Purdue Pharma wants a lawsuit dismissed that accuses the company of profiting from the opioid crisis by aggressively marketing OxyContin.
The motion to dismiss the suit accuses Massachusetts prosecutors of trying to "vilify Purdue and its employees and directors."
A spokesperson for Attorney General Maura Healey confirmed receipt of the motion and plans to oppose it.
This is the second motion to dismiss filed by the company's legal defense.
The court did not initially rule on the first motion because the Attorney General's office amended the complaint. The commonwealth released the heavily redacted complaint that accuses the company of contributing to the opioid crisis.
Suffolk County Superior Court Judge Janet Sanders ruled that the unredacted amended suit be released in January. The redactions revealed internal company documents and email correspondence between top executives, some of whom are named as defendants.
Purdue says the prosecution's narrative is "sensationalist" and "distorted" and that internal documents published in the new complaint were mischaracterized and taken out of context.
Separately, the defense points to Massachusetts Department of Health data that says, "No single substance or health care practice is solely responsible for the current opioid crisis," according to court documents.
The unredacted complaint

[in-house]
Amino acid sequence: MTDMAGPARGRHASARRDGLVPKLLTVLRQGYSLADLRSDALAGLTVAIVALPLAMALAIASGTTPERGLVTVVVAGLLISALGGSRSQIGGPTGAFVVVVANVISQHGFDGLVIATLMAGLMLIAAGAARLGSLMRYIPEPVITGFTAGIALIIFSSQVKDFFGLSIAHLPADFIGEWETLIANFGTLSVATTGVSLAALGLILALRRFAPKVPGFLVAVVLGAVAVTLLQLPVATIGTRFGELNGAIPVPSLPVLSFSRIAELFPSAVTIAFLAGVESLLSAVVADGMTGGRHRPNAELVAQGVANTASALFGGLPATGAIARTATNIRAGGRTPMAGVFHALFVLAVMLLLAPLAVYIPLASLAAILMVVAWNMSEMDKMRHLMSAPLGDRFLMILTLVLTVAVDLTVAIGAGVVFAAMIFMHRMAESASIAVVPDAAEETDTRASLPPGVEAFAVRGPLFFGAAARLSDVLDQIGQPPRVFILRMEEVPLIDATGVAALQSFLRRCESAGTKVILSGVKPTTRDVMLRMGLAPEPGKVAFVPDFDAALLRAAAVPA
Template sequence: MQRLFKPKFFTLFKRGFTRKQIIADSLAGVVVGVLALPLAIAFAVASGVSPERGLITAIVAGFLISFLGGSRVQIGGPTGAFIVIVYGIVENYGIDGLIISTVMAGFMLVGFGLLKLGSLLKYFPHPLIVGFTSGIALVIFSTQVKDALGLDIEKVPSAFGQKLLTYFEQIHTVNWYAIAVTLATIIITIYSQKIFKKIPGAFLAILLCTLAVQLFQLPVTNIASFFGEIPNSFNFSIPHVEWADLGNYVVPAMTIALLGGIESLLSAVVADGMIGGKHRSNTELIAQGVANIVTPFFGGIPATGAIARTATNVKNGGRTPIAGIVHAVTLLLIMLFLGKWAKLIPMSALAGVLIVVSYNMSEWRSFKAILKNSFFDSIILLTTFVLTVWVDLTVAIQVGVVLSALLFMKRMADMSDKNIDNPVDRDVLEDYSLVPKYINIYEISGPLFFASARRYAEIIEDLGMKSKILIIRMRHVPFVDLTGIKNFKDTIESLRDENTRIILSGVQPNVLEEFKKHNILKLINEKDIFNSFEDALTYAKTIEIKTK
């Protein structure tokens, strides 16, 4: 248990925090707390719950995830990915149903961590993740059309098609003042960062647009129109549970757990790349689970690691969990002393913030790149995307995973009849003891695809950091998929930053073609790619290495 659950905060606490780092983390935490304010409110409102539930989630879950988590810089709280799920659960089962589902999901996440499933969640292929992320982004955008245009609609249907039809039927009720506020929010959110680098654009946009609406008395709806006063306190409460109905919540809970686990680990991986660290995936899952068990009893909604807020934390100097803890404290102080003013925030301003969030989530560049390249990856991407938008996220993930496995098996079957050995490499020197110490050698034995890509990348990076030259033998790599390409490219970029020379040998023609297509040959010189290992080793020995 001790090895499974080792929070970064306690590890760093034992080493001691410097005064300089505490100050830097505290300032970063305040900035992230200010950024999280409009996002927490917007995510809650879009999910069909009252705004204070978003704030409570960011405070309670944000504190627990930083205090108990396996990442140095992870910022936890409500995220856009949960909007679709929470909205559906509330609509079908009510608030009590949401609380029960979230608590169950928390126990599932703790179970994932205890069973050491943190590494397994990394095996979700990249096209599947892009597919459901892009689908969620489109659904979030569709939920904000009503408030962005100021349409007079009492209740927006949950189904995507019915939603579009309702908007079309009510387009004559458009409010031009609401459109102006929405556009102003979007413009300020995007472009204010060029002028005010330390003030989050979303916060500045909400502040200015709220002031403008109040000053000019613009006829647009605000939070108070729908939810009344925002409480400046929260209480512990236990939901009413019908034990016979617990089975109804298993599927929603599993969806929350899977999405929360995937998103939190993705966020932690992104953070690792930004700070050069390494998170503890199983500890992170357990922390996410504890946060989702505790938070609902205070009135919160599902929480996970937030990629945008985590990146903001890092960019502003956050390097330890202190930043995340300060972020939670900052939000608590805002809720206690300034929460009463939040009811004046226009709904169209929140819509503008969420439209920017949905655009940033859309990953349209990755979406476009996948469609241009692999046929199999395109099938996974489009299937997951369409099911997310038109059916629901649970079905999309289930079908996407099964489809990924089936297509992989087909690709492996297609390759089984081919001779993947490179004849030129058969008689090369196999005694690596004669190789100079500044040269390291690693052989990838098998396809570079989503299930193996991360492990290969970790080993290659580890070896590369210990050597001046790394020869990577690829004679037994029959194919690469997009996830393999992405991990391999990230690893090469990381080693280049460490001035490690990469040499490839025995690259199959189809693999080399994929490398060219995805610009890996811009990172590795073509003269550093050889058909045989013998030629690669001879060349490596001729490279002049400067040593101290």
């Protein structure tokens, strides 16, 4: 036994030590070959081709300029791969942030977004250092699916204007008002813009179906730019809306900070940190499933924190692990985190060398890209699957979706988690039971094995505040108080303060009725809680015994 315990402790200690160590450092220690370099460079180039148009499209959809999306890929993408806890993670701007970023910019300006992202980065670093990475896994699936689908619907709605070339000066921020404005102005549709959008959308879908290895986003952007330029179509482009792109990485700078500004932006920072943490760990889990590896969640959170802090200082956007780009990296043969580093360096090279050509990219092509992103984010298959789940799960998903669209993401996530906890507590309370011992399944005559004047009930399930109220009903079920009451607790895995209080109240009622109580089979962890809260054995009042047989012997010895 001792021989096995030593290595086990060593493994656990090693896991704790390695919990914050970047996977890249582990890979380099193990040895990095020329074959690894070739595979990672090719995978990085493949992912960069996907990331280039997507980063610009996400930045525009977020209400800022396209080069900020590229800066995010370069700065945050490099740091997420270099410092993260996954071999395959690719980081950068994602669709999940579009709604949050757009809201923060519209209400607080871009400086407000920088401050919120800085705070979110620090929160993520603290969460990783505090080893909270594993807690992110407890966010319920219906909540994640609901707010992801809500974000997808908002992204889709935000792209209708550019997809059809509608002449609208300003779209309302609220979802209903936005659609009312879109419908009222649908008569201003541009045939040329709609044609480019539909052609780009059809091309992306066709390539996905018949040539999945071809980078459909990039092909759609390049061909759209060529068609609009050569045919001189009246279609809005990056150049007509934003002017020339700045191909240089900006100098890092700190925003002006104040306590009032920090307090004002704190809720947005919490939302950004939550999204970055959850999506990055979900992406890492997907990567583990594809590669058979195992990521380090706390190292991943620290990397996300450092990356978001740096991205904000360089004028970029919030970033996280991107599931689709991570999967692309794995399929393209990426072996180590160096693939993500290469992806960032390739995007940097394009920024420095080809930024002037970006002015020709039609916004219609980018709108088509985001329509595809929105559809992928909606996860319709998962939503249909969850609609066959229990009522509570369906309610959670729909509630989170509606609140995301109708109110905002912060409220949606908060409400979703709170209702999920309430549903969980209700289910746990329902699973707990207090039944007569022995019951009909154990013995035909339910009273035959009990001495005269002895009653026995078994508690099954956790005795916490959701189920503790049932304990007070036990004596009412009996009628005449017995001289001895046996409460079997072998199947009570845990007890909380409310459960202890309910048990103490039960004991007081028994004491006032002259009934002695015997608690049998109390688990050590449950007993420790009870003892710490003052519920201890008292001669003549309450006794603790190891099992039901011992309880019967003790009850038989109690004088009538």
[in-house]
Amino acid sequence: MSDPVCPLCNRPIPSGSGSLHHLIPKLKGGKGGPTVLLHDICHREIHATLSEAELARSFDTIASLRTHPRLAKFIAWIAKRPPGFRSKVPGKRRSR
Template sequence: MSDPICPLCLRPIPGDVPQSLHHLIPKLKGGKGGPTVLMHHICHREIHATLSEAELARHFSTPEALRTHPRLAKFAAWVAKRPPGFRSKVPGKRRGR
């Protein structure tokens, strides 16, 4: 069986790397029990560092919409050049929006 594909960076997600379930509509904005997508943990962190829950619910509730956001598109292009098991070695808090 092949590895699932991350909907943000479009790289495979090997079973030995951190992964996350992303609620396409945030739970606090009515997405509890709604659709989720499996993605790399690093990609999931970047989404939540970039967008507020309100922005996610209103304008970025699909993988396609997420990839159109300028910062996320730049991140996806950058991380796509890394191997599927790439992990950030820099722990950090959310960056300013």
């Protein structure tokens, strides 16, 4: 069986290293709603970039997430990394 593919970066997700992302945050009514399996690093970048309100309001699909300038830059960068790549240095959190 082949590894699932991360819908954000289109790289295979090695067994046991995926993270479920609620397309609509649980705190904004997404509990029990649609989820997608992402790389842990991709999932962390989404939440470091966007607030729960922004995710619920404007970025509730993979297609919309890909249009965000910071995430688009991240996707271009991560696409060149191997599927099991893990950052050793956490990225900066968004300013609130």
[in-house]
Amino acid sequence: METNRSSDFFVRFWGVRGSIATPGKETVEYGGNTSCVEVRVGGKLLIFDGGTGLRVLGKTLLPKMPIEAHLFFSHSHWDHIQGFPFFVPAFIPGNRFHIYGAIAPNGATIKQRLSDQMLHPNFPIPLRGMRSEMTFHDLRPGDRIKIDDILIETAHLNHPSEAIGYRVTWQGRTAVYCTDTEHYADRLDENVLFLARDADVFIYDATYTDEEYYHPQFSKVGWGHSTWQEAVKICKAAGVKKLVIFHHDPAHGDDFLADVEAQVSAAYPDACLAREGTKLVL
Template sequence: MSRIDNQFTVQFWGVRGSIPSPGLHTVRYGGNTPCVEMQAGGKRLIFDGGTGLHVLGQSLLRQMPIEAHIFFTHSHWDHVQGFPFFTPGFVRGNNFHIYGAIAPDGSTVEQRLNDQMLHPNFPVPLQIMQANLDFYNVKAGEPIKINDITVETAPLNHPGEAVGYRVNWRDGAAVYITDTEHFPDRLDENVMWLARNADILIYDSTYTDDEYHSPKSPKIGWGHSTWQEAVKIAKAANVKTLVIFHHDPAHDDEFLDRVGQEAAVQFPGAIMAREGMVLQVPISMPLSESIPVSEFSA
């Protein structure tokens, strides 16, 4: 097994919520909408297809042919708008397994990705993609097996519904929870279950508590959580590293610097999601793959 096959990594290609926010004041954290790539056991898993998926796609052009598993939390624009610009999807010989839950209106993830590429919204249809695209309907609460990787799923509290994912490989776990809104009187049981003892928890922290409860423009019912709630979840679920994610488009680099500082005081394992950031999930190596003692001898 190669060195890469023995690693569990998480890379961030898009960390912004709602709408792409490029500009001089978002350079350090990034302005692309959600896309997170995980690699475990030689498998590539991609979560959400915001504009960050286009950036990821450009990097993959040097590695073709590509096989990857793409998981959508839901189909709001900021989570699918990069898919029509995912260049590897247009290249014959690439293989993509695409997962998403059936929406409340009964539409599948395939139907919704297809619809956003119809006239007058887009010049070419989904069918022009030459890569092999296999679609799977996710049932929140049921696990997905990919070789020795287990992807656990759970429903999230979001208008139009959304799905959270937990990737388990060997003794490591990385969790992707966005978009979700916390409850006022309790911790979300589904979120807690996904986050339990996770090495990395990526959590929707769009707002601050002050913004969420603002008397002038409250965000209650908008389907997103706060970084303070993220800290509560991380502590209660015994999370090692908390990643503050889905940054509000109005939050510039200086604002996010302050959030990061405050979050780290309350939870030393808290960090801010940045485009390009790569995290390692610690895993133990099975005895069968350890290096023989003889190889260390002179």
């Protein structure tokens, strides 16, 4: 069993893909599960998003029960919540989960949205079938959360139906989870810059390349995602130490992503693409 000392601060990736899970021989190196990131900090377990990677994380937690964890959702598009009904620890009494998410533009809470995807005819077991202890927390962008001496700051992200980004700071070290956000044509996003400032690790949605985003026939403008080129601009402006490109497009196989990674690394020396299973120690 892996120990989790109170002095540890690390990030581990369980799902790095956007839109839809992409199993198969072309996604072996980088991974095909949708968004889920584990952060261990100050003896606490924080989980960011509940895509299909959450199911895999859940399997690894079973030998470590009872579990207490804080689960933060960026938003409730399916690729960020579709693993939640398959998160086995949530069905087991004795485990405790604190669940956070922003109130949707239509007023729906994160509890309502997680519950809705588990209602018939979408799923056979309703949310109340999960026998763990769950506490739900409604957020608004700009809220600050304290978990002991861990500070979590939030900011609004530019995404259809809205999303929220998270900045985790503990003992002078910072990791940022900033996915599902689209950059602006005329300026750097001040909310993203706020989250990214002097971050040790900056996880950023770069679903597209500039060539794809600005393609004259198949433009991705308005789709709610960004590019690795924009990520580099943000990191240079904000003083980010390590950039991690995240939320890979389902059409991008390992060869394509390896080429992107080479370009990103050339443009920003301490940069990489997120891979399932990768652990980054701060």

The unredacted court documents say that Purdue Pharma secretly pursued a plan, dubbed "Project Tango," to become "an end-to-end pain provider" by selling both opioids and drugs to treat opioid addiction. Meanwhile, owners on the board -- members of the Sackler family, one of America's wealthiest -- reaped more than $4 billion in opioid profits.
Purdue examined selling overdose antidotes, including Narcan, as "complementary" products to the same doctors to whom it sold its opioids, the lawsuit claims. And although the company maintained a ledger of doctors it suspected of inappropriate opioid prescriptions and other forms of abuse, dubbed "Region Zero," it continued to collect money from those doctors.
The lawsuit also includes a profit chart that, prosecutors say, shows that the Sacklers paid themselves more than $4 billion in opioid profits between April 2008 and 2018.
The Sackler family is known for its philanthropy, giving money to universities and prestigious cultural institutions.
"For many years, Purdue, its executives, and members of the Sackler family have tried to shift the blame and hide their role in creating the opioid epidemic," Healey said after the judge's ruling in January.
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